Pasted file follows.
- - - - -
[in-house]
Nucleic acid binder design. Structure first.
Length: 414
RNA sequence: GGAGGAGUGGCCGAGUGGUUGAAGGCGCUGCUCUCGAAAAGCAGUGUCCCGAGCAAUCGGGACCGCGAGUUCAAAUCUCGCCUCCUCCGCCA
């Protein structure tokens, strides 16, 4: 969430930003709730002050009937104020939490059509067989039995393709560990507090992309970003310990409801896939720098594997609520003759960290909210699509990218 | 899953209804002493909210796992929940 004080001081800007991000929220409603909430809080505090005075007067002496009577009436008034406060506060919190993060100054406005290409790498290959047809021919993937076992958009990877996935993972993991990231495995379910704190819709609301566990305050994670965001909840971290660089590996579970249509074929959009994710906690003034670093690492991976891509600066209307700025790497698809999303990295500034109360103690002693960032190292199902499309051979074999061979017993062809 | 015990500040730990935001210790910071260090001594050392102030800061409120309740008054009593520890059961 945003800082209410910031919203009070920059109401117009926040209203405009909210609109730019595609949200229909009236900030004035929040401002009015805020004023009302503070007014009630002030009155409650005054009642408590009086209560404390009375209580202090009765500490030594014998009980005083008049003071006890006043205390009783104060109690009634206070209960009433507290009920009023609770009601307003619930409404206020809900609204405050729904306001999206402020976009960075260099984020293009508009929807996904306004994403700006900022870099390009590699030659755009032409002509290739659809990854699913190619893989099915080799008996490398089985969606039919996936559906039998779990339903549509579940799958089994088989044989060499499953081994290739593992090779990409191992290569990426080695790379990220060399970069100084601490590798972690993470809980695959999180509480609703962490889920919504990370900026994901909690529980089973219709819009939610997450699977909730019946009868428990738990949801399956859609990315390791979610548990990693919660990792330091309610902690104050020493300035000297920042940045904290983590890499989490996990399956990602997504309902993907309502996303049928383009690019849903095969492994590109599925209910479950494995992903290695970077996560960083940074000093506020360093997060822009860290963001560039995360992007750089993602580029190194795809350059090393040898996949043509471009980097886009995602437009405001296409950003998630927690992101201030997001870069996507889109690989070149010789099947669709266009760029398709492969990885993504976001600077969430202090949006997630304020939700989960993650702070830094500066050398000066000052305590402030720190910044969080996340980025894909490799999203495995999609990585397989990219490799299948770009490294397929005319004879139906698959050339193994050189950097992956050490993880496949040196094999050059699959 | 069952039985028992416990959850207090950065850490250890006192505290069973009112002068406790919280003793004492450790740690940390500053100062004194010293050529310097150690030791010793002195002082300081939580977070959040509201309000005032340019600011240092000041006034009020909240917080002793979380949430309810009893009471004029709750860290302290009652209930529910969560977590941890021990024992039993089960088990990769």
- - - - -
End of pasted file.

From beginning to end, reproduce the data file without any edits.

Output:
[in-house]
Nucleic acid binder design. Structure first.
Length: 414
RNA sequence: GGAGGAGUGGCCGAGUGGUUGAAGGCGCUGCUCUCGAAAAGCAGUGUCCCGAGCAAUCGGGACCGCGAGUUCAAAUCUCGCCUCCUCCGCCA
């Protein structure tokens, strides 16, 4: 969430930003709730002050009937104020939490059509067989039995393709560990507090992309970003310990409801896939720098594997609520003759960290909210699509990218 | 899953209804002493909210796992929940 004080001081800007991000929220409603909430809080505090005075007067002496009577009436008034406060506060919190993060100054406005290409790498290959047809021919993937076992958009990877996935993972993991990231495995379910704190819709609301566990305050994670965001909840971290660089590996579970249509074929959009994710906690003034670093690492991976891509600066209307700025790497698809999303990295500034109360103690002693960032190292199902499309051979074999061979017993062809 | 015990500040730990935001210790910071260090001594050392102030800061409120309740008054009593520890059961 945003800082209410910031919203009070920059109401117009926040209203405009909210609109730019595609949200229909009236900030004035929040401002009015805020004023009302503070007014009630002030009155409650005054009642408590009086209560404390009375209580202090009765500490030594014998009980005083008049003071006890006043205390009783104060109690009634206070209960009433507290009920009023609770009601307003619930409404206020809900609204405050729904306001999206402020976009960075260099984020293009508009929807996904306004994403700006900022870099390009590699030659755009032409002509290739659809990854699913190619893989099915080799008996490398089985969606039919996936559906039998779990339903549509579940799958089994088989044989060499499953081994290739593992090779990409191992290569990426080695790379990220060399970069100084601490590798972690993470809980695959999180509480609703962490889920919504990370900026994901909690529980089973219709819009939610997450699977909730019946009868428990738990949801399956859609990315390791979610548990990693919660990792330091309610902690104050020493300035000297920042940045904290983590890499989490996990399956990602997504309902993907309502996303049928383009690019849903095969492994590109599925209910479950494995992903290695970077996560960083940074000093506020360093997060822009860290963001560039995360992007750089993602580029190194795809350059090393040898996949043509471009980097886009995602437009405001296409950003998630927690992101201030997001870069996507889109690989070149010789099947669709266009760029398709492969990885993504976001600077969430202090949006997630304020939700989960993650702070830094500066050398000066000052305590402030720190910044969080996340980025894909490799999203495995999609990585397989990219490799299948770009490294397929005319004879139906698959050339193994050189950097992956050490993880496949040196094999050059699959 | 069952039985028992416990959850207090950065850490250890006192505290069973009112002068406790919280003793004492450790740690940390500053100062004194010293050529310097150690030791010793002195002082300081939580977070959040509201309000005032340019600011240092000041006034009020909240917080002793979380949430309810009893009471004029709750860290302290009652209930529910969560977590941890021990024992039993089960088990990769």